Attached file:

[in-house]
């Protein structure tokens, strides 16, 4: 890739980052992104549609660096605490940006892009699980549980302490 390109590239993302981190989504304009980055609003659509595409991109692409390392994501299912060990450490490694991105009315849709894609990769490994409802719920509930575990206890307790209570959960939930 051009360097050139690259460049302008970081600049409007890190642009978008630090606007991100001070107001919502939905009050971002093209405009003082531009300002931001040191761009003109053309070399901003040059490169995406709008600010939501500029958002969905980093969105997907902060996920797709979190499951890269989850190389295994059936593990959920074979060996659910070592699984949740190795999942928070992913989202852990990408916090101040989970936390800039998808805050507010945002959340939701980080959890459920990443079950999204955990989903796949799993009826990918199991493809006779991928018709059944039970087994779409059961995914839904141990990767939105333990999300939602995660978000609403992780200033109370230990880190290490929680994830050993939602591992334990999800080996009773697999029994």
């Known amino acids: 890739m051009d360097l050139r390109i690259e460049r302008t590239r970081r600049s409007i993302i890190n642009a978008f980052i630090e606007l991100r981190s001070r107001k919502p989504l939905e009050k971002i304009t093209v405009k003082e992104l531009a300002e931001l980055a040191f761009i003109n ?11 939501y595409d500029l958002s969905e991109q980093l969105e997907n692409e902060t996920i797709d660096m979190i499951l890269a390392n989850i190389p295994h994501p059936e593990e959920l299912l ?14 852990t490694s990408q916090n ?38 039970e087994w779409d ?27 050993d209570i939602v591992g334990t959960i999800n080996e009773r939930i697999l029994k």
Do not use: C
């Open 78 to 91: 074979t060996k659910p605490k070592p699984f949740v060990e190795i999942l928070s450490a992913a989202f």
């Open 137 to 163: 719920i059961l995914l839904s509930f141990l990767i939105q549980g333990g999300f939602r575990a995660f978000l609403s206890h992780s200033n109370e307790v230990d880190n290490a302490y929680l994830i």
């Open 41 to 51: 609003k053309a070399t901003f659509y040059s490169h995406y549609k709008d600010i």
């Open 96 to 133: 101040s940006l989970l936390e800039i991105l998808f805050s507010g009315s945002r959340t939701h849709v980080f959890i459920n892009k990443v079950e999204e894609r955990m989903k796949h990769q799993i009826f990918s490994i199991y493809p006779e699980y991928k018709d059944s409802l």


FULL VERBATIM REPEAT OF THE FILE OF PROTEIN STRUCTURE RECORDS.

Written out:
[in-house]
């Protein structure tokens, strides 16, 4: 890739980052992104549609660096605490940006892009699980549980302490 390109590239993302981190989504304009980055609003659509595409991109692409390392994501299912060990450490490694991105009315849709894609990769490994409802719920509930575990206890307790209570959960939930 051009360097050139690259460049302008970081600049409007890190642009978008630090606007991100001070107001919502939905009050971002093209405009003082531009300002931001040191761009003109053309070399901003040059490169995406709008600010939501500029958002969905980093969105997907902060996920797709979190499951890269989850190389295994059936593990959920074979060996659910070592699984949740190795999942928070992913989202852990990408916090101040989970936390800039998808805050507010945002959340939701980080959890459920990443079950999204955990989903796949799993009826990918199991493809006779991928018709059944039970087994779409059961995914839904141990990767939105333990999300939602995660978000609403992780200033109370230990880190290490929680994830050993939602591992334990999800080996009773697999029994």
């Known amino acids: 890739m051009d360097l050139r390109i690259e460049r302008t590239r970081r600049s409007i993302i890190n642009a978008f980052i630090e606007l991100r981190s001070r107001k919502p989504l939905e009050k971002i304009t093209v405009k003082e992104l531009a300002e931001l980055a040191f761009i003109n ?11 939501y595409d500029l958002s969905e991109q980093l969105e997907n692409e902060t996920i797709d660096m979190i499951l890269a390392n989850i190389p295994h994501p059936e593990e959920l299912l ?14 852990t490694s990408q916090n ?38 039970e087994w779409d ?27 050993d209570i939602v591992g334990t959960i999800n080996e009773r939930i697999l029994k």
Do not use: C
């Open 78 to 91: 074979t060996k659910p605490k070592p699984f949740v060990e190795i999942l928070s450490a992913a989202f």
């Open 137 to 163: 719920i059961l995914l839904s509930f141990l990767i939105q549980g333990g999300f939602r575990a995660f978000l609403s206890h992780s200033n109370e307790v230990d880190n290490a302490y929680l994830i």
């Open 41 to 51: 609003k053309a070399t901003f659509y040059s490169h995406y549609k709008d600010i």
């Open 96 to 133: 101040s940006l989970l936390e800039i991105l998808f805050s507010g009315s945002r959340t939701h849709v980080f959890i459920n892009k990443v079950e999204e894609r955990m989903k796949h990769q799993i009826f990918s490994i199991y493809p006779e699980y991928k018709d059944s409802l």